In investing, returns are everything, and when it comes to fixed income, yield is everything.
The Wall Street Journal reports that investors are “desperate for decent income” and that riskier companies, which typically offer higher yields in return for higher risk, are “taking full advantage.” The leveraged loan world, said the WSJ, has been a bit off-kilter.
Money has been pouring into the leverage loan sector, as companies see inflows at a rate that has been running ahead of the last few years. This means that retail investors have been putting cash to work in U.S. funds that make the loans themselves. The net result has been that there have been inflows of $25 billion through the last year, which comes after two years of outflows, according to data compiled by Lipper, and now total holdings in such loan funds based domestically stand at $95 billion, which the Journal notes is below the past peak of $112 billion in 2014. Funds are armed with capital, with $200 billion in cash that remains ready to be put to work.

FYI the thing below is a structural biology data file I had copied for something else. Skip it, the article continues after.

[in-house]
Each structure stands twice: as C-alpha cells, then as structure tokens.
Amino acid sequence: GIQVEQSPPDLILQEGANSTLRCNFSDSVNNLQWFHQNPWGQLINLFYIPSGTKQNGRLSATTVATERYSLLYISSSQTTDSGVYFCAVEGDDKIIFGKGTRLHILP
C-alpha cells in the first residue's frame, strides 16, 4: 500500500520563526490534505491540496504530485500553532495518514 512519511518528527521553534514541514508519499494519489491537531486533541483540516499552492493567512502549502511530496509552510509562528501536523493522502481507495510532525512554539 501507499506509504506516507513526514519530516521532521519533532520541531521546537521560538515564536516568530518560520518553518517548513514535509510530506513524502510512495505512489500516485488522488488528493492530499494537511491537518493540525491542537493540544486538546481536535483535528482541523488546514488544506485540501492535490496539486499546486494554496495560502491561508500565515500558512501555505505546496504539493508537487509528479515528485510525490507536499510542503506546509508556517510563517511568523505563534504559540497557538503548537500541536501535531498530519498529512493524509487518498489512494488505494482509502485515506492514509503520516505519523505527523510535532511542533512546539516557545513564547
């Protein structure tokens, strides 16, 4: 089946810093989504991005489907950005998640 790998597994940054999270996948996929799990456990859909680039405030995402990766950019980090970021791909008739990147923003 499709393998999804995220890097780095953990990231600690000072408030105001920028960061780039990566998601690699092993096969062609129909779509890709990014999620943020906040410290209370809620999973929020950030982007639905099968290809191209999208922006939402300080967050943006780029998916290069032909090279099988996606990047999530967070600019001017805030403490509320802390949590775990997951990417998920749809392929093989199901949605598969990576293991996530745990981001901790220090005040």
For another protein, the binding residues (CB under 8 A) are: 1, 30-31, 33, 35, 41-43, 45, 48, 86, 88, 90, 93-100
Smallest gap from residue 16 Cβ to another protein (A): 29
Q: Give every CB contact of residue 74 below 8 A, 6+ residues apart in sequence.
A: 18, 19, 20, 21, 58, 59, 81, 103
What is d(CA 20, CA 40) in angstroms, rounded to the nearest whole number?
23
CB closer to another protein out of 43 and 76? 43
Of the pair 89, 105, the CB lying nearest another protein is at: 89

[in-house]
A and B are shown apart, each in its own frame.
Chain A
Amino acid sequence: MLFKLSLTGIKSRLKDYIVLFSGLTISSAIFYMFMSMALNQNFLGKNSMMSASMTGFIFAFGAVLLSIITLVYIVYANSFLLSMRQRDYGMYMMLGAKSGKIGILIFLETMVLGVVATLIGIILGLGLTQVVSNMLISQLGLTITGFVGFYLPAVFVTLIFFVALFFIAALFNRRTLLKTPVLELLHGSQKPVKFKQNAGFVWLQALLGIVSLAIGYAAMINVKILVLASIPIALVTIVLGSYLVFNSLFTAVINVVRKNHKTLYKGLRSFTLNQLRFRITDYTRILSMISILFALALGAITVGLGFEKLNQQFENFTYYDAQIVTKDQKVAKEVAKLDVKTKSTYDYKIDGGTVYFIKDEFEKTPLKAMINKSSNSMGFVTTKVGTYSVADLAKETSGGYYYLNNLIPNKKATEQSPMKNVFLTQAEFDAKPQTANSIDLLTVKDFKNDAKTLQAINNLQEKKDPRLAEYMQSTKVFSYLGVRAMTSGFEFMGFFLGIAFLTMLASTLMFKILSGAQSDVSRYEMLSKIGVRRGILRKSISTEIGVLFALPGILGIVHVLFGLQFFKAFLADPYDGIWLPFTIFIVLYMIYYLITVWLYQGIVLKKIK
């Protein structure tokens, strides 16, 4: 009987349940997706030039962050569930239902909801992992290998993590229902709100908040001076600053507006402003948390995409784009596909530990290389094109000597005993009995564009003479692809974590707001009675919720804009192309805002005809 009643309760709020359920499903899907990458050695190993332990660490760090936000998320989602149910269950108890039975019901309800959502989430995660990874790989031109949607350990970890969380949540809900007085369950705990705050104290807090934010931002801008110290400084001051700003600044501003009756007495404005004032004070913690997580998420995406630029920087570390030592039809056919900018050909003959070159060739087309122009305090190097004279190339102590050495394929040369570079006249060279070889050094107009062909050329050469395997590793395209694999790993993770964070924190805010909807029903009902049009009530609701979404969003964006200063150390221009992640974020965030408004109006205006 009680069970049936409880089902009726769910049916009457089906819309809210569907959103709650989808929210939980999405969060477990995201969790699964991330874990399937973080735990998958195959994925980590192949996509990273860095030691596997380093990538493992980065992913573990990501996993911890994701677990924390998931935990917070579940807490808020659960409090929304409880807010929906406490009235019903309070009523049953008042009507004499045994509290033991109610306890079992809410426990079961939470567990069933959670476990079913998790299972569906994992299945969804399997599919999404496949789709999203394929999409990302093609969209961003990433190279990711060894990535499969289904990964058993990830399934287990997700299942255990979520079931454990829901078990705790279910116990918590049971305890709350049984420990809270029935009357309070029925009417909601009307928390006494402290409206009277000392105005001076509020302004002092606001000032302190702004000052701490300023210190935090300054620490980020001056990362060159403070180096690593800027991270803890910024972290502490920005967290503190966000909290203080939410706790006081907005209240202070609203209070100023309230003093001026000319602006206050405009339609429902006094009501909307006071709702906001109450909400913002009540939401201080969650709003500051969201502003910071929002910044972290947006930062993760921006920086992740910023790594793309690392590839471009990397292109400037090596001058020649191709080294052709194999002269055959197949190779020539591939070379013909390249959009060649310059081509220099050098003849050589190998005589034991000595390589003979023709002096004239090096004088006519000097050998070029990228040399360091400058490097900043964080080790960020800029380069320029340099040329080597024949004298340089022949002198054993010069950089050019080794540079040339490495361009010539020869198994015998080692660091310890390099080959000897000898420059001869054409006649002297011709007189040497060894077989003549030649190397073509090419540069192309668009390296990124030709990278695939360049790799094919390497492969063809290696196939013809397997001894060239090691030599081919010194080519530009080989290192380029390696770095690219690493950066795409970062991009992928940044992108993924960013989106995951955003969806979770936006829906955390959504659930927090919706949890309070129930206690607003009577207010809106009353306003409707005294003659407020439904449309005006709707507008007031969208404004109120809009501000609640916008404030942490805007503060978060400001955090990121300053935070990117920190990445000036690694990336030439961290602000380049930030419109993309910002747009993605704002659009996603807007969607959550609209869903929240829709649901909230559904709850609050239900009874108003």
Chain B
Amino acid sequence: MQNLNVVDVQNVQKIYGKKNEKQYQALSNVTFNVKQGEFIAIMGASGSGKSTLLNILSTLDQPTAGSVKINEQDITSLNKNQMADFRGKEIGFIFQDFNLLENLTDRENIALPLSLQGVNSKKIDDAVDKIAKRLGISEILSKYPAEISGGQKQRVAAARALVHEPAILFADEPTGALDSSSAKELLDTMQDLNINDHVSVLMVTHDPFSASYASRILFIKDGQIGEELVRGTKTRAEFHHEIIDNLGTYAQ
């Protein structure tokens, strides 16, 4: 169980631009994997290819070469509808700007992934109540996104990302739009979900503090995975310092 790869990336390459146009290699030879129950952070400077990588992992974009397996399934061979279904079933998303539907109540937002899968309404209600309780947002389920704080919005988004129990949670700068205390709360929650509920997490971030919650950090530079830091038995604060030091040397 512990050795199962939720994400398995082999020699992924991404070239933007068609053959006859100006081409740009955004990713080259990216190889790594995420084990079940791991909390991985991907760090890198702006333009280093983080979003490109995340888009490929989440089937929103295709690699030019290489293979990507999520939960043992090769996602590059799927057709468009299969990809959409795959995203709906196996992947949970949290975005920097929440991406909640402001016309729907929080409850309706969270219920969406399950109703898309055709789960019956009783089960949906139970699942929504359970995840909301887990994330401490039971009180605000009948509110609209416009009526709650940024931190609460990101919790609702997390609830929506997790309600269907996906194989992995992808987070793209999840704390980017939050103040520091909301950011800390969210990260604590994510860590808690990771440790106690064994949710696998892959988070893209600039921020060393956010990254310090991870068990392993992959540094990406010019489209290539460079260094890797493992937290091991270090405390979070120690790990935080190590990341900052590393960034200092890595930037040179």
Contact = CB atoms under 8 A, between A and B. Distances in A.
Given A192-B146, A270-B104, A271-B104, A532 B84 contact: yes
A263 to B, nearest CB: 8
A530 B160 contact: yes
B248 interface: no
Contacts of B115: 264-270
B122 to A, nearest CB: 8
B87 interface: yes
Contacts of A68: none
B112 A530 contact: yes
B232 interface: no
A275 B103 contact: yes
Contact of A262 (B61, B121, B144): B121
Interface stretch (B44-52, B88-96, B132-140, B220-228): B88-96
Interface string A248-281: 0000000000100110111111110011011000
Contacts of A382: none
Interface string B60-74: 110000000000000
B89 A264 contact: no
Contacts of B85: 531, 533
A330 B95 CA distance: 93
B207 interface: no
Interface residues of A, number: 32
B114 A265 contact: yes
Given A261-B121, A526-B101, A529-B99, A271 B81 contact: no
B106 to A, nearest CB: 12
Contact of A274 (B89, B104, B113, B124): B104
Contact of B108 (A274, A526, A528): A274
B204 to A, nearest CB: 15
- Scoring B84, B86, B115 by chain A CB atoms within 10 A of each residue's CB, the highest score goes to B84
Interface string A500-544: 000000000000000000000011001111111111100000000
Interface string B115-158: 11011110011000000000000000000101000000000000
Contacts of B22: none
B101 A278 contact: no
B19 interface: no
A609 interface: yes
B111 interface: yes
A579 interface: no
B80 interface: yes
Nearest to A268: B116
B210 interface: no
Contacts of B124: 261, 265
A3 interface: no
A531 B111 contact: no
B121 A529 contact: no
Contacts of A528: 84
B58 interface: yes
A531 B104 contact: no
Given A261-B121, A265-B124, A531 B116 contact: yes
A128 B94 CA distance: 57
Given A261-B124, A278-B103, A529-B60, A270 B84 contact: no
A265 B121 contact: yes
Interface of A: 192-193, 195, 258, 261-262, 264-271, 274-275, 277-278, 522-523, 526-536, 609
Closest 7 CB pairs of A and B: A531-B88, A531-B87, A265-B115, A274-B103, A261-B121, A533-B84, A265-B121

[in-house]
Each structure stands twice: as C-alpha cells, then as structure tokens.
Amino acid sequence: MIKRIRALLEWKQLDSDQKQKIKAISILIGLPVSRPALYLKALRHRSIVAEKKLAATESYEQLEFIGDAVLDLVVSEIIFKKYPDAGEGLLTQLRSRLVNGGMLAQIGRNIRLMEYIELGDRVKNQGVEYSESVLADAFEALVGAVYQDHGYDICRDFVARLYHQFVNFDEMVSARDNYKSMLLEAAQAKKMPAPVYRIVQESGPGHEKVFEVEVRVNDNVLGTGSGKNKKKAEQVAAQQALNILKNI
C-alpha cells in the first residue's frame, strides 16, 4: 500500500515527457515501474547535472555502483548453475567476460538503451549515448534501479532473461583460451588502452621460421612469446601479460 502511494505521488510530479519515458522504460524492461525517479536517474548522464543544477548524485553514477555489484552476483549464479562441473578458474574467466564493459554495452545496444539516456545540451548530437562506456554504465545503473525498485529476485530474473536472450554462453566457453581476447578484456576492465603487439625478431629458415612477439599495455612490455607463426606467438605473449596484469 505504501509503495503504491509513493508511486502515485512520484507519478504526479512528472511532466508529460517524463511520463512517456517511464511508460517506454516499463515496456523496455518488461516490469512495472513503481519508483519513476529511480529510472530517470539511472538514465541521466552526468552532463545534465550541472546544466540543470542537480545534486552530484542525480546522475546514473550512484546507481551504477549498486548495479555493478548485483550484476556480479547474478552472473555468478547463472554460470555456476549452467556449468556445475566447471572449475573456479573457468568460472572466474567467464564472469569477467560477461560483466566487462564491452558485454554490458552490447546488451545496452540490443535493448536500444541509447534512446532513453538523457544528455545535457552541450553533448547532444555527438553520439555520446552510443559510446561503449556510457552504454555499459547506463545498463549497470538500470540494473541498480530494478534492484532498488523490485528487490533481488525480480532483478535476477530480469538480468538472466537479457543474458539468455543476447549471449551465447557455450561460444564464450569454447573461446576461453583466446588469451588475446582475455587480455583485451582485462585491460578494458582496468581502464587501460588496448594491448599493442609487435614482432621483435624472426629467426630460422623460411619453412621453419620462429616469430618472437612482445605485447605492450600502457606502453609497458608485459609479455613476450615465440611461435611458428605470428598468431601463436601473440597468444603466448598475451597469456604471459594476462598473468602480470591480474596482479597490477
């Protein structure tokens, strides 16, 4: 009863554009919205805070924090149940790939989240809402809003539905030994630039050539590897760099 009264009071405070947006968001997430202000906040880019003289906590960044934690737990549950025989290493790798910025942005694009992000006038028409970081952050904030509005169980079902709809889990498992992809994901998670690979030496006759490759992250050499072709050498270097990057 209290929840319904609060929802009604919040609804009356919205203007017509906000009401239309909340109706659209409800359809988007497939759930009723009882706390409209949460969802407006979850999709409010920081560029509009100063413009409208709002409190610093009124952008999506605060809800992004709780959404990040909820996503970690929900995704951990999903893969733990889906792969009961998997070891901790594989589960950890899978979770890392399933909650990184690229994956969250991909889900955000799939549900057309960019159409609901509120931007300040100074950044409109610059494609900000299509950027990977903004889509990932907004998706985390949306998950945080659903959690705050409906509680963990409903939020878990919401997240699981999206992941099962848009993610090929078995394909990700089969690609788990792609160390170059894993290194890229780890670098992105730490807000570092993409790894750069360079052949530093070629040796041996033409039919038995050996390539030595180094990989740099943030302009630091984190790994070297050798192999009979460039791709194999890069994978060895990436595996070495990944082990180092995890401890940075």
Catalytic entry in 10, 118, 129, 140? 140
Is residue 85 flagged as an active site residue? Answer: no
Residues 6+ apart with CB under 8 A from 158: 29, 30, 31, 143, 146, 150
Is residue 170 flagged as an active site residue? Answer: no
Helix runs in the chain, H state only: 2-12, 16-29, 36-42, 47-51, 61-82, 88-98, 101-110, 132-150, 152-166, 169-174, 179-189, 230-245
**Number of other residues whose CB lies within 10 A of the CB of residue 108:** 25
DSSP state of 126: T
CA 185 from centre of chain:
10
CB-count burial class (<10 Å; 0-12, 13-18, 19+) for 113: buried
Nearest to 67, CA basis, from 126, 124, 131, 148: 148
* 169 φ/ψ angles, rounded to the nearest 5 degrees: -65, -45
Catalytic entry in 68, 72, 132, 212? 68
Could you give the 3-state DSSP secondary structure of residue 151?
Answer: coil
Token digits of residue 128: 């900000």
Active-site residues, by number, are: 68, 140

This means that companies can float leverage loan issues that may be a bit outsized. Consider Dell, which last year went to market and raised $20 billion in a leverage loan deal that in turn funded the tech behemoth’s takeout of EMC.
Investors will snap them up given the fact that the debt is secured, and the lending structures are usually set to provide insulation for investors (and the corporate borrowers) against interest rate changes. The landscape for such debt is also attractive for both borrowers and lenders as borrowing costs are low, and even though yields are low too, in the U.S. they are relatively high, at five percent, compared to European yields of below four percent. In addition, covenants, which are stipulations that companies must have, among other things, certain leverage and financial ratios in place, have been “lighter” than they have been in the past. The result is that lenders have less influence over a borrowers’ financial strategy and direction. The Journal noted that 60 percent of European debt deals and 75 percent of U.S. debt deals were “lite.”